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Edited README.md via GitHub

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@@ -391,4 +391,17 @@ int main(int argc, char * const argv[]) {
// forget it, unregister the "plus" label
zg_context_unregister_external_object(context, "plus");
}
-```
+```
+
+## A Final Note: Why ZenGarden? - by mhroth
+
+Many people have asked me why the ZenGarden library came into existance, and why work continues on it today, especially in light of the successful [libpd](http://gitorious.org/pdlib) project. Here is my answer, offering personal opinions, some ranting, and hopefully constructive critisism. So don't take it all too seriously, ok? First, a few (obvious?) points that make me excited.
+
++ Pd is a great language to write audio code in.
++ A general purpose audio language that is free and open to all has a great deal of potential as a standard for many audio applications.
++ An audio library that is easy to work with can be installed on many platforms, including desktop, mobile, and [web](https://github.com/mhroth/Cynical). Write once run anywhere audio? ;)
+ + Let's be honest, you know that writing audio code according to the proposed [Web Audio API](https://dvcs.w3.org/hg/audio/raw-file/tip/webaudio/specification.html) is going to be a massive pain.
+
+I spend a lot of time working with the Pd audio engine at [RjDj](http://rjdj.me) and I have rarely seen such an antiquated, obfuscated, unmaintainable, and undocumented mess as Pd (the other example that I can think of is [Vorbis](http://www.vorbis.com/setup/), but that's another story). If a student or employee of mine ever wrote such code, I would fire them immediately. I have been working with Pd (the engine, not the language) for some years and I know it quite well by now. I have the highest respect for Miller that Pd works as well as it does; it is truly a technical tour-de-force. There are plenty of clever tricks and architectural innovations to learn from. But I found it incredibly difficult to find and modify functional parts of the program, for instance if you don't know where to look finding the code for something as simple as `[*~]` is not obvious, let alone anything more complex such as Pd's audio object ordering algorithm. The reason that libpd (i.e., Pd in the form of a traditional signal processing library) only appeared in 2010 is because everyone else who had tried before (at least since 2008), even people otherwise intimately familiar with the project, had failed (including myself). I am aware of at least two previous libpd-style implementations used in Spore (EAPd [[1](http://www.adigitaldreamer.com/game-development/the-beat-goes-on-dynamic-music-in-spore)] [[2](http://uk.pc.gamespy.com/pc/spore/853810p1.html)]) and early RjDj, but neither of those were public. The Pd community owes much more than a debt of gratitude to Peter Brinkmann. But ultimately no piece of software should be so difficult to modify or extend.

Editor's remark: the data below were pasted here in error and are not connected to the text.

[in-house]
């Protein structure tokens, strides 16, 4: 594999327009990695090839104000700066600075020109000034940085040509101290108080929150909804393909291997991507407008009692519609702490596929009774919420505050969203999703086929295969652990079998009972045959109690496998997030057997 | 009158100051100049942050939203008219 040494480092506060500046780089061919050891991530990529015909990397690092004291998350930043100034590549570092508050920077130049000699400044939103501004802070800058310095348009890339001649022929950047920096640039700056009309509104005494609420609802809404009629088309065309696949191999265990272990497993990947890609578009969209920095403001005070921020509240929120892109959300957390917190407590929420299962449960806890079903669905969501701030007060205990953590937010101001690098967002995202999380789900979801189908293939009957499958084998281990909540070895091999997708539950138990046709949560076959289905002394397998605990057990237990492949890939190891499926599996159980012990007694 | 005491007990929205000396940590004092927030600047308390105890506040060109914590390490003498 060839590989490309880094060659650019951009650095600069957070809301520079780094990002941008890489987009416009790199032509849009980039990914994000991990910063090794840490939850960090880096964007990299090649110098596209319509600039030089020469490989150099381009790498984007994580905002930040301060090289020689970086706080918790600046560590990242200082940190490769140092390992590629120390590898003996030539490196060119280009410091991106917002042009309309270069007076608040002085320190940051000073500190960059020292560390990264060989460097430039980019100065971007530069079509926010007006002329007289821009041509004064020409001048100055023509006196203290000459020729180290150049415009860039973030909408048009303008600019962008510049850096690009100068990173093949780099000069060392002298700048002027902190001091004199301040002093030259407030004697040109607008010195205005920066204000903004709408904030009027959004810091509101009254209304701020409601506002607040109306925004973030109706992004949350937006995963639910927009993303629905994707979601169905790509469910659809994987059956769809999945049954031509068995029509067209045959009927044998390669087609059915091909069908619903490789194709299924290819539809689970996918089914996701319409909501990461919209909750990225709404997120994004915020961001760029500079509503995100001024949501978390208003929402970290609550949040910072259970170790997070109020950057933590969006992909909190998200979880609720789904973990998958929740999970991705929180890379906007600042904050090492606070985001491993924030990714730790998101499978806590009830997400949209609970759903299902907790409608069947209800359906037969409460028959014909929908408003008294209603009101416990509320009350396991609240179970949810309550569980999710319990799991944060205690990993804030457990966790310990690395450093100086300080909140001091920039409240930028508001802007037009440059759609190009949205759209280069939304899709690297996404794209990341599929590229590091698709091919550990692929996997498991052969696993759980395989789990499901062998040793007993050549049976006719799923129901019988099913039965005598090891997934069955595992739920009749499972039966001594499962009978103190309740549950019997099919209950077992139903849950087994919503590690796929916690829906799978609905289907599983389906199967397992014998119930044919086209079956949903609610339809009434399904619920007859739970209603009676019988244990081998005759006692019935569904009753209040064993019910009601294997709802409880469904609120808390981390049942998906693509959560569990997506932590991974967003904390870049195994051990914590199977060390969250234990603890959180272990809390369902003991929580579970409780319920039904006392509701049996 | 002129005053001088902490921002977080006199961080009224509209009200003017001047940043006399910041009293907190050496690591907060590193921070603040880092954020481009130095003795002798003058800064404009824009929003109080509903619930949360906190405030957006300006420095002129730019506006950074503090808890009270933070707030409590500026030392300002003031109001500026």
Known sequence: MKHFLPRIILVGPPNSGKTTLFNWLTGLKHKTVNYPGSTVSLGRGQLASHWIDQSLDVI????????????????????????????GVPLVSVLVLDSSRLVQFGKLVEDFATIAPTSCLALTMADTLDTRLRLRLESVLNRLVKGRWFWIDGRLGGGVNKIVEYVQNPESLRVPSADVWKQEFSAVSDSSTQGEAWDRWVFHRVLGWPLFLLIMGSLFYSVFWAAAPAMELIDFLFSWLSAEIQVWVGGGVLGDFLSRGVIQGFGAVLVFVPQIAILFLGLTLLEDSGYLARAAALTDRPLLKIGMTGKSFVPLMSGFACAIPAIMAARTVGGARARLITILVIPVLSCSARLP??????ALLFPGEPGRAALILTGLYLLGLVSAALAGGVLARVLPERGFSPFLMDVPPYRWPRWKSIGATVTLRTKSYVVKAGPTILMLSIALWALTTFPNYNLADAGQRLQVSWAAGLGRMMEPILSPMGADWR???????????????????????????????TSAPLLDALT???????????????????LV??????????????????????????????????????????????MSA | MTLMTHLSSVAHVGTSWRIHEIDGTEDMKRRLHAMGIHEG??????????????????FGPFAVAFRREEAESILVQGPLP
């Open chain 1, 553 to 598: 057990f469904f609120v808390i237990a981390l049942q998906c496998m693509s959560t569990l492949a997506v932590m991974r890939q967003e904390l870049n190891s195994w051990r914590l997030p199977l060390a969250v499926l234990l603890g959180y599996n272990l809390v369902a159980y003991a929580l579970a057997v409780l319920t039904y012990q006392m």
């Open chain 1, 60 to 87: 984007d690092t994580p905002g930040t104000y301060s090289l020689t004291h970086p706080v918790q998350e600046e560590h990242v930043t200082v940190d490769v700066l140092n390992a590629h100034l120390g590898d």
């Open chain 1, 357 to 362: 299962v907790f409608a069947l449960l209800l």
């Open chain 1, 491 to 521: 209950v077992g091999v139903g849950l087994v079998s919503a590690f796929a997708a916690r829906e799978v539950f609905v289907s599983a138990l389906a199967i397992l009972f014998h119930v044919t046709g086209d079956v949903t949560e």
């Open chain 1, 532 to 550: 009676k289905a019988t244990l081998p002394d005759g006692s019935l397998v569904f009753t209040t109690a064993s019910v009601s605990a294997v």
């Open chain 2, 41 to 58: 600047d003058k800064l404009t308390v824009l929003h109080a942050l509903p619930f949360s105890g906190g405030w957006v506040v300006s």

+
+And so I began to work on ZenGarden. It is intended to be a completely new runtime for the Pure Data audio programming language using modern software languages and design principles. It is written in object-oriented C++, uses the C++ STL, has plenty of comments, takes direct advantage of modern processors via vector operations, and also unit tests. It should also be easy to compile and run on all major operating systems and hardware architectures. Furthermore it is completely independent of any GUI. (Naturally all of these things could be improved, but that's the goal anyway :)

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